I think she is perfectly capable of keeping herself entertained no matter the time or occasion (laughs). But I try my best to encourage her to enjoy art from a very young age, and through my work at the ministry, to enable other children to have equal opportunities to do the same. If you learn to enjoy art at a very young age, it is likely you will remain connected to it as an adult. 

Now we're just doing a bit of burlesque here - museums and other cultural venues are much less boring than they used to be, with innovative ways to make collections interesting for visitors of all ages and backgrounds. Do you feel like the cultural scene in Slovenia is growing with the times? Do you feel like it's reaching out to its most difficult-to-reach audiences, like the young, the poor, or the otherwise marginalised?

Many museums and galleries in Slovenia have already implemented a range of approaches that allow visitors to experience art or cultural heritage rather than just passively view it.  This is a constant process of development for all: government funded, locally funded and NGO institutions. In my role as minister of culture, I see audience development, outreach, inclusivity and accessibility programmes to be key parts of any cultural institution and at the ministry, we strive to encourage and cultivate a variety of such practices.
 
Do you feel like there is a good balance between formal, institutionalised art and underground, alternative art in Slovenia?

Challenge of every administration is not to intervene and try to control every aspect of art development. Some of today's most prominent artists rose from squats, autonomous cultural projects and parallel or even against the prevailing norms of art institutions. There should always be a space and understanding that these practices offer the more mainstream part of the culture both inspirations, and new methodologies, but also necessary awareness and criticism needed for the development of the entire cultural sector. Culture is an ecosystem, so we must encourage all parts of it in order to grow collectively.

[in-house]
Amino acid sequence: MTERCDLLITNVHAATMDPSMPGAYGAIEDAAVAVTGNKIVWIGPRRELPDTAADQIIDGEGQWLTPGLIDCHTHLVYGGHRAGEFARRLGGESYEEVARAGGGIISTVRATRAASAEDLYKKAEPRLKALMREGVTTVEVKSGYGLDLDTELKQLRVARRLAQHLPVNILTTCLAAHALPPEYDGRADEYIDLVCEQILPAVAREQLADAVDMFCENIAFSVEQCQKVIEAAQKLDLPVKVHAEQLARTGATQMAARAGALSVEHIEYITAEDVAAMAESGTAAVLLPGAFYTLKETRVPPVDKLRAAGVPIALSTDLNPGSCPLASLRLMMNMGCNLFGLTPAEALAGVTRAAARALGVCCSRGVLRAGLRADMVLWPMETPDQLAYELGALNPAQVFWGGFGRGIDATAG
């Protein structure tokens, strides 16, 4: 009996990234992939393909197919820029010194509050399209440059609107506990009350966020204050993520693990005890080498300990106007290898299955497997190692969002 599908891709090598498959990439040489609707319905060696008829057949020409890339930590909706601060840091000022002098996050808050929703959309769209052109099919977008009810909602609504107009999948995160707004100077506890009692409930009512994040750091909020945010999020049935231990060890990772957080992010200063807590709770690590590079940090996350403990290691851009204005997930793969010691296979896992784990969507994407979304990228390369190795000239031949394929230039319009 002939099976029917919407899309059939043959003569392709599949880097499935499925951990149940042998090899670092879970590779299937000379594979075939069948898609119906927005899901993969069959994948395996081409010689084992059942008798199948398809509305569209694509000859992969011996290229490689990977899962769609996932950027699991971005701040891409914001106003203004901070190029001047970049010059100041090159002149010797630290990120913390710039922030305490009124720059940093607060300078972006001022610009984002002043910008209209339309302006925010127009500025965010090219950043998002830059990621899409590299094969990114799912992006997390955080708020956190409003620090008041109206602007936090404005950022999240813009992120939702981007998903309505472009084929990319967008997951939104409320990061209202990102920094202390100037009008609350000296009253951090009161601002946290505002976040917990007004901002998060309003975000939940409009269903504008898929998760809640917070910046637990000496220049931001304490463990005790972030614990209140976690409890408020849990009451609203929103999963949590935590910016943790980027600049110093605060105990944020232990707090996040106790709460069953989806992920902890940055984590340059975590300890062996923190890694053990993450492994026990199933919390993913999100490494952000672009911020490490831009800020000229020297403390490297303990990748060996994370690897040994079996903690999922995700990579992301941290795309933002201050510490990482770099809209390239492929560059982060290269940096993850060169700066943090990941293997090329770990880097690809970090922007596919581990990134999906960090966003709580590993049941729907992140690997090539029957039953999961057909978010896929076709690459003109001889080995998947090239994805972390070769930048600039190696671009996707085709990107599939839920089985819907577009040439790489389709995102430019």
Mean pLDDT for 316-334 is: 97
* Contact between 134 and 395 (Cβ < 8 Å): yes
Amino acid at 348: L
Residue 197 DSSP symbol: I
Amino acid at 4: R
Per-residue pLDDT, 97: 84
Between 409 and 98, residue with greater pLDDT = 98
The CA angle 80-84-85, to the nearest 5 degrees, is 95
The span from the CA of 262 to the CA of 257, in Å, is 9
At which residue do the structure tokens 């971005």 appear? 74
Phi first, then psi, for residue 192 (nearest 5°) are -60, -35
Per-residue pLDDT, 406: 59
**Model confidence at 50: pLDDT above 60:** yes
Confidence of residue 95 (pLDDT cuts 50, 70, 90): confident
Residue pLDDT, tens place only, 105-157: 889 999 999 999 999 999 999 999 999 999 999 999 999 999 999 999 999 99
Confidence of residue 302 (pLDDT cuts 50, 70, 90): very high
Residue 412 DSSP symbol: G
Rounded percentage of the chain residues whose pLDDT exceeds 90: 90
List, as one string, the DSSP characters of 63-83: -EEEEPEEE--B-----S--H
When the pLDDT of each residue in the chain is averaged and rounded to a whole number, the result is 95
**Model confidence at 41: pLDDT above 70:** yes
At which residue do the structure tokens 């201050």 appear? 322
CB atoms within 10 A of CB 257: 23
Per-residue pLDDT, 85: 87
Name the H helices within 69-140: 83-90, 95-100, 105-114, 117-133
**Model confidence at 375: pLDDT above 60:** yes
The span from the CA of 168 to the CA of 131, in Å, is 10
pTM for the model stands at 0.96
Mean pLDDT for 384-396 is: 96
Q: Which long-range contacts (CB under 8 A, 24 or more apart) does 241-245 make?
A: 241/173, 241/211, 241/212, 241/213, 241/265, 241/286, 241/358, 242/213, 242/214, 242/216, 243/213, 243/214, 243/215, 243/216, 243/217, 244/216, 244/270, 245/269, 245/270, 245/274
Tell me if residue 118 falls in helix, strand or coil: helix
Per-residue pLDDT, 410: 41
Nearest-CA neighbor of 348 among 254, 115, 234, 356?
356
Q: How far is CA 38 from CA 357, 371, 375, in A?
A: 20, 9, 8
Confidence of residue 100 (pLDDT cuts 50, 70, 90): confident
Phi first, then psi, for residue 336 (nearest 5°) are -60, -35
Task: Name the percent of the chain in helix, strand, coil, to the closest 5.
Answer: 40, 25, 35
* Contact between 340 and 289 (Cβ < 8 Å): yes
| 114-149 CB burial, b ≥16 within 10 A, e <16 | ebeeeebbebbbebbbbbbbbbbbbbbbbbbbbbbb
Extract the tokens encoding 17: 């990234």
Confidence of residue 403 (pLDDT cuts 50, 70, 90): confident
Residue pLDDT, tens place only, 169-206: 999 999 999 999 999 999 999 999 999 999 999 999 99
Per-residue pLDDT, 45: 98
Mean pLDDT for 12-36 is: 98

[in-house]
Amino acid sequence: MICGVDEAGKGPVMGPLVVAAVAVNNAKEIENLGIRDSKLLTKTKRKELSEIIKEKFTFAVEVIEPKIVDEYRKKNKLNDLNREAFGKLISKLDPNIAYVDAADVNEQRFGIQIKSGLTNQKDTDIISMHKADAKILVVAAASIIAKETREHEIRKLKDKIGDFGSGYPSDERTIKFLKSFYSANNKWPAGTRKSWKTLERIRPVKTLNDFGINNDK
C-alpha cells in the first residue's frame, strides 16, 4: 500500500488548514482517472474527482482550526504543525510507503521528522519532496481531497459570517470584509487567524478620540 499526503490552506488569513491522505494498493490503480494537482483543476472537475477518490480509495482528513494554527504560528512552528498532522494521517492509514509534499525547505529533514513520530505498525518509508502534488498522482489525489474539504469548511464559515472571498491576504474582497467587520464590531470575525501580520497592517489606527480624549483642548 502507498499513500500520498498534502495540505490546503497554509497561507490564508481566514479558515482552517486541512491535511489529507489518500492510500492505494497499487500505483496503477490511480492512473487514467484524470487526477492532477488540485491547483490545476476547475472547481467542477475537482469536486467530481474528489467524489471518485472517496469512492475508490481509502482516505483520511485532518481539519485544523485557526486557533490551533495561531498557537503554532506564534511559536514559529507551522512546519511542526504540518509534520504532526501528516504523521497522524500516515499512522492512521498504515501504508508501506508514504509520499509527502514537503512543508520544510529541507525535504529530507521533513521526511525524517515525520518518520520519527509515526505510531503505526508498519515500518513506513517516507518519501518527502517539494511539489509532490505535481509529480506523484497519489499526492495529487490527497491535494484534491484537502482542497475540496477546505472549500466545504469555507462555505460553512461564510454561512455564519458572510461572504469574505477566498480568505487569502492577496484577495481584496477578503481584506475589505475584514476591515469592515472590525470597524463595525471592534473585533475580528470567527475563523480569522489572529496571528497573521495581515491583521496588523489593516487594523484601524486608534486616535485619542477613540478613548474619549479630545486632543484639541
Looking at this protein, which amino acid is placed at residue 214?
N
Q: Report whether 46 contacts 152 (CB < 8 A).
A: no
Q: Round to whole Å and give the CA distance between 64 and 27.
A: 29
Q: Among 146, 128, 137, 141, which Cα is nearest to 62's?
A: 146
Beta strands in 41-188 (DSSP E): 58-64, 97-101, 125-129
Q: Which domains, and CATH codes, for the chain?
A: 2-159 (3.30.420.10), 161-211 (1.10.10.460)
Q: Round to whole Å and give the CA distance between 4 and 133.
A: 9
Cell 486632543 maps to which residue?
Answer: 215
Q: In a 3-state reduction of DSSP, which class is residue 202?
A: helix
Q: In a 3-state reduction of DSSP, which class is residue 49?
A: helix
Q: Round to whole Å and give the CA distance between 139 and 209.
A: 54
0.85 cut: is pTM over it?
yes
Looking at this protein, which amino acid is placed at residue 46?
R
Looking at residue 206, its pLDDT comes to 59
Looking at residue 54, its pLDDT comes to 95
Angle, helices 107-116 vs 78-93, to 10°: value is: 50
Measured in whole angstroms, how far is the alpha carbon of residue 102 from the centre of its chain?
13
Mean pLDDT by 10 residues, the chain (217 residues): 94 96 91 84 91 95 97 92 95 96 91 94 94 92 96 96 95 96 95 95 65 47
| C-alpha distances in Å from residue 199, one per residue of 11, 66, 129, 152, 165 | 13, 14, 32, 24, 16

There is a lot of noise about robots taking over and being present in language, photography, design, music, visual arts, maybe one day performing arts... What do you think about the development of AI in regards to culture and art?
AV: Sure, many of us have been chatting with ChatGPT and experimenting with image-creating tools, and it is not possible to ignore the future impact of algorithmic robots on artists and creative professionals. While we have been publishing our music, photographs, articles, and other creative content on online platforms and digitising our cultural heritage we never thought that we were also providing raw material to the algorithms. Generative AI is trained on our creative work and the owners of the platforms have once again privatised our data without informed consent. AI generated content may seem fascinating and impressive but there are human artists behind every AI generated image, song, or a poem. I believe that their work should be protected and compensated for. Furthermore, the public should be able to clearly recognise AI generated content.
 
 
What do you feel is unique about the cultural and art scene in Ljubljana at the moment, if we compare it to capitals of neighbouring countries like Vienna, Budapest, Zagreb?

Culture enriches the lives and well-being of people, no matter the form in which they take part in it. We must be aware of the dangers of gentrification, and try to encourage art and culture that exist within and with the local communities. As such they can be a vivid intersection of different experiences and knowledge, and not merely part of consumerism. International connections with our neighbouring regions give us additional inspirations. Such art may be localised, but is never local. I see a lot of such art in local communities in our region. 
 
What festival or cultural event outside of Ljubljana do you really like visiting?